Ghost stories come with traditional trappings: haunted houses with creaking floors and dark shadows, freezing draughts and slamming doors. A winter setting is common, summoning fears of isolation and entrapment: some of the most frightening and convincing ghost stories that I have read are set in wintry countryside, in quiet isolated homes.
M. R. James‘ best-known story, ‘Oh Whistle and I’ll come to you, my lad’ has an off-season English seaside village as its setting. On a grey winter’s day, the protagonist walks along a deserted stretch of sand, shivering in the bitter north wind, pursued by a strange, shapeless figure in ‘pale, fluttering draperies, ill-defined.’ In Edith Wharton’s short stories, the most sinister events occur in isolated houses in the depths of snow-bound winter:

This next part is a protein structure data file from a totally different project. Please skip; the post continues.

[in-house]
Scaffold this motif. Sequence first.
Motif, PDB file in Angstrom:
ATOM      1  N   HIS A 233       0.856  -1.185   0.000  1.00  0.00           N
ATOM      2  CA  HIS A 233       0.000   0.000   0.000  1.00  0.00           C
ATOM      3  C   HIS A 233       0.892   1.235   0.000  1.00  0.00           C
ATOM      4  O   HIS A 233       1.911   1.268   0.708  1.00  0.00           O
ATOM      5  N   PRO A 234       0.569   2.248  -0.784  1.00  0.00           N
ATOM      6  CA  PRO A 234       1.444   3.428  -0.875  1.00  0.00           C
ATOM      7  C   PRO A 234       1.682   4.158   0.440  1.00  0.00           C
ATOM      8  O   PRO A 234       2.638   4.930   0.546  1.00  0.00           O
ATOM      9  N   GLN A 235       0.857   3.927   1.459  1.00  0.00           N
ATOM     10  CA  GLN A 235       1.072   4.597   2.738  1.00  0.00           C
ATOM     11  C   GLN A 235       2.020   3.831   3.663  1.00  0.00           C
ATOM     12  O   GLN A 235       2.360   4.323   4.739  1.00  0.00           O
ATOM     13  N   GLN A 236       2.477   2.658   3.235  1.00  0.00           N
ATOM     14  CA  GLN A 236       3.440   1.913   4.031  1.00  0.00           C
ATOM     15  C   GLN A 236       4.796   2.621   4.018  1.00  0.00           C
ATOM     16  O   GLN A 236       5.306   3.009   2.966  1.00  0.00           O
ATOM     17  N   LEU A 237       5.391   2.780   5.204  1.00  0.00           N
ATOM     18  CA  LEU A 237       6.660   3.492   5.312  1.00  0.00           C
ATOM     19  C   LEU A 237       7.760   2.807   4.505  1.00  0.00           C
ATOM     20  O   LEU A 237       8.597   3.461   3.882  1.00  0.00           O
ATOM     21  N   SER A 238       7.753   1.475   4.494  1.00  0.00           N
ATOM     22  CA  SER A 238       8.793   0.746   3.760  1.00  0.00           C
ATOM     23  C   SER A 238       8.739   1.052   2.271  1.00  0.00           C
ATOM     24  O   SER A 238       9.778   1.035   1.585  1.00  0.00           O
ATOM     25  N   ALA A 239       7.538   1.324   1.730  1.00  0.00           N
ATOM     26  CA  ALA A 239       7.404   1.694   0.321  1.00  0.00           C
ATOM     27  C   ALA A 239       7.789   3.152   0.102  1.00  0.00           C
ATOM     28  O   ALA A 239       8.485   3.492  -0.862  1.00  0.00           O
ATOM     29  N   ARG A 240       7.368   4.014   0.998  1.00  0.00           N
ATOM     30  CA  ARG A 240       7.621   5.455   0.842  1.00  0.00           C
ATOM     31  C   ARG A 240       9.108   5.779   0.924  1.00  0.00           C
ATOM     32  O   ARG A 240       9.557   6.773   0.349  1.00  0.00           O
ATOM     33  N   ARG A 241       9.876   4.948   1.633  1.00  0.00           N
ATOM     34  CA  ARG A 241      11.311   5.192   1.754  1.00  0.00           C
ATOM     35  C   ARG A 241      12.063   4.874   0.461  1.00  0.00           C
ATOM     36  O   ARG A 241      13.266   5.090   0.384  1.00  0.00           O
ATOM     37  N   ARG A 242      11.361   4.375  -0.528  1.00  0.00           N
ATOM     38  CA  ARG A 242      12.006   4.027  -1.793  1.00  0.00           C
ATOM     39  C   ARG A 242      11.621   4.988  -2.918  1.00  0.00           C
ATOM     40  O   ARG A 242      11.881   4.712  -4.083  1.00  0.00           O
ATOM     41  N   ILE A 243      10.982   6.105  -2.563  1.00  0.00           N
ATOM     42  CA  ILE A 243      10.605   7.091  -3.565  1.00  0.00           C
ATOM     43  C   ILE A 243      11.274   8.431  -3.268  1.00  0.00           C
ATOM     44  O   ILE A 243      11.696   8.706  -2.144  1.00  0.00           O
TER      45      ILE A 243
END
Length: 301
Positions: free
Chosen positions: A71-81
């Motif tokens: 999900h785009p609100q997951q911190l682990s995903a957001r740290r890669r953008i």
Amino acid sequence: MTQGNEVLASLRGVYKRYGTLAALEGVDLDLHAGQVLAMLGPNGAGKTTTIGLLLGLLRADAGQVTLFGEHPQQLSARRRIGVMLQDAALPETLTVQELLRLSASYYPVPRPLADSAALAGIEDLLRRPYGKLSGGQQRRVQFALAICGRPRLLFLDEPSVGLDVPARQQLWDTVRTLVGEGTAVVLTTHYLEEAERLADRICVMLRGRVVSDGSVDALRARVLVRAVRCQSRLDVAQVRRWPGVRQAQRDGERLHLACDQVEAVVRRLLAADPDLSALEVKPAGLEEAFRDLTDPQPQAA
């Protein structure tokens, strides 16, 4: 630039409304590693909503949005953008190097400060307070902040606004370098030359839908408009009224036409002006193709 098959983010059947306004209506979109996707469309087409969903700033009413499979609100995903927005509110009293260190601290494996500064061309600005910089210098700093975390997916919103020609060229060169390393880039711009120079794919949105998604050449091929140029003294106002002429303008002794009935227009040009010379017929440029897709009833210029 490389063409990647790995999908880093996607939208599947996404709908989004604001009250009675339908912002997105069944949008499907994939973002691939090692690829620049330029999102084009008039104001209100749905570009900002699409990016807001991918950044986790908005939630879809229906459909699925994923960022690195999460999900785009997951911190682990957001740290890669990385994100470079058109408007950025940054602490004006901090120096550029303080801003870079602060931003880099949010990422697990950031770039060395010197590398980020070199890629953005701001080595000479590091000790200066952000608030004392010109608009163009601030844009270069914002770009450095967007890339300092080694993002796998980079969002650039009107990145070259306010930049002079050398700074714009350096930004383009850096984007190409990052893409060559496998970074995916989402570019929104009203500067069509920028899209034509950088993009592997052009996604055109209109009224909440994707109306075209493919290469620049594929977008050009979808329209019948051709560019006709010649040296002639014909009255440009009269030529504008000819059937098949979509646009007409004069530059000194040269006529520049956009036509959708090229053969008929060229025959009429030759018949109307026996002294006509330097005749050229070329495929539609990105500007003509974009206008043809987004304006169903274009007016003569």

It was a very still night, earth and air all muffled in snow. Once in bed I lay quiet, listening to the strange noises that come out in a house after dark …I thought I heard a door open and close again below: it might have been the glass door that led to the gardens. I got up and peered out of the window; but it was in the dark of the moon, and nothing visible outside but the streaking of snow against the panes.
This quotation comes from the ‘Lady’s Maid’s Bell’; I can unhesitatingly recommend this story, as well as ‘Bewitched’ and ‘All Souls’ Eve’ for ghostly and chilling winter reading.
Lastly, moving from the early to the late twentieth century, one of the most successful ghost stories ever written: Susan Hill’s The Woman in Black (1983). This atmospheric and beautifully-written novel, a pastiche of traditional Victorian ghost stories, became a best-seller, a long-running London West End play, a musical and a film. If you haven’t already had the pleasure of reading this mid-winter’s tale, do yourself a favour and enjoy it by the fireside soon.